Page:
Mercator Perspectives

Occupy Wall Street, Debt Forgiveness, and the Bigger Idea

One might presume that as a movement, Occupy Wall Street has gone underground, leaving behind a legacy for the financial services market in the term, "the 99%", but perhaps little else. However, recently an offshoot of the group has turned its attention to the question of debt management. Specifically, how to help the 99% manage their debt and the bigger idea is to simply pay it off for them.

Working under the organizational title of Strike Debt, this new movement intends to untie the ties that bind the 99% through a fund raising effort they call the Rolling Jubilee, which for the non-Bibilical reader refers to the concept of the jubilee year where debts are forgiven and indentured servants are freed. According to its website, the group has raised over $147,000, which they calculate can be used to forgive over $2,960,000 of consumer debt.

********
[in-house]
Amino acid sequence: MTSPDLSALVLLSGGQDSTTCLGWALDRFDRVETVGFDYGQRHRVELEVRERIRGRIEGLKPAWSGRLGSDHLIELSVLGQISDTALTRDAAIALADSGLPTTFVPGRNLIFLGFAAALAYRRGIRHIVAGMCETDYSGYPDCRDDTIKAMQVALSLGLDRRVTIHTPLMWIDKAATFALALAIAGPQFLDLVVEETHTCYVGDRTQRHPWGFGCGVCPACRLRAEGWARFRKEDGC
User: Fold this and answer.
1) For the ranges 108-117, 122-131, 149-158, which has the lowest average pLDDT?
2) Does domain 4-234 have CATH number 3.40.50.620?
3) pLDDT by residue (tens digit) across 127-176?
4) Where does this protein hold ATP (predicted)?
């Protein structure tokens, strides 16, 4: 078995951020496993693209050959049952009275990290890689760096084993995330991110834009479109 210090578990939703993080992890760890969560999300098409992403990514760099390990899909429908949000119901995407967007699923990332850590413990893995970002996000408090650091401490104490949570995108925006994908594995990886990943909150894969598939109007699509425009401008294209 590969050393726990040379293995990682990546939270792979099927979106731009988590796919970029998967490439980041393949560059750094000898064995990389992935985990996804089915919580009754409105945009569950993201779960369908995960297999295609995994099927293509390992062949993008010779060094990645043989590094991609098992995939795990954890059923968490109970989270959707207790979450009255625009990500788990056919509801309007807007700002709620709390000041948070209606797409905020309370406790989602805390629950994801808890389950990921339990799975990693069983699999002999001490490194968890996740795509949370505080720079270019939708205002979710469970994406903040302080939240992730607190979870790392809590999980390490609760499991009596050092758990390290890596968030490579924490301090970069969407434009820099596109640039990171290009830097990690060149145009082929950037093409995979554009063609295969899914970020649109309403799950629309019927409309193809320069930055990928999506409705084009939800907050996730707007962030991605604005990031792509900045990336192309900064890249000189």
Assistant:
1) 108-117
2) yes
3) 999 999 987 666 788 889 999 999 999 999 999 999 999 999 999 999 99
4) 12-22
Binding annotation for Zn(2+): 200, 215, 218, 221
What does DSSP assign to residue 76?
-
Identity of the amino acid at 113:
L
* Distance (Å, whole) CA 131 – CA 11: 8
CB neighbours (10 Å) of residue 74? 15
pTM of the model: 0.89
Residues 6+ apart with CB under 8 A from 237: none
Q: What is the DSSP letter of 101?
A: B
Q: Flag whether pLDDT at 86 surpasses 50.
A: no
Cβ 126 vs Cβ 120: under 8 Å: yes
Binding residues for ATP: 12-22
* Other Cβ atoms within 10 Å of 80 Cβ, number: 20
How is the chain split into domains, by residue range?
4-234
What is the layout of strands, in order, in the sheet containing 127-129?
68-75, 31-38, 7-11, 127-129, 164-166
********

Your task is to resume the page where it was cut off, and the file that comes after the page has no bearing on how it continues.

We saw this concept of debt forgiveness play out during previous holiday seasons, where anonymous individuals would show up at a layaway department and pay off someone's purchases. This bigger idea takes that concept to a whole new level, but how they accomplish their goal is not exactly clear. From their website:

"We cannot buy specific individuals' debt—instead, we help liberate debtors at random through a campaign of mutual support, good will, and collective refusal."

They also offer a handbook for managing debt, navigating bankruptcy, and protecting oneself from predatory lenders. It's these efforts that adhere closest to trends in the mainstream market relating to consumers interest and need for higher functioning debt and spending management tools. We anticipate that the market will see more products and services introduced to consumers that address this dynamic but for a lucky few, they won't need them.

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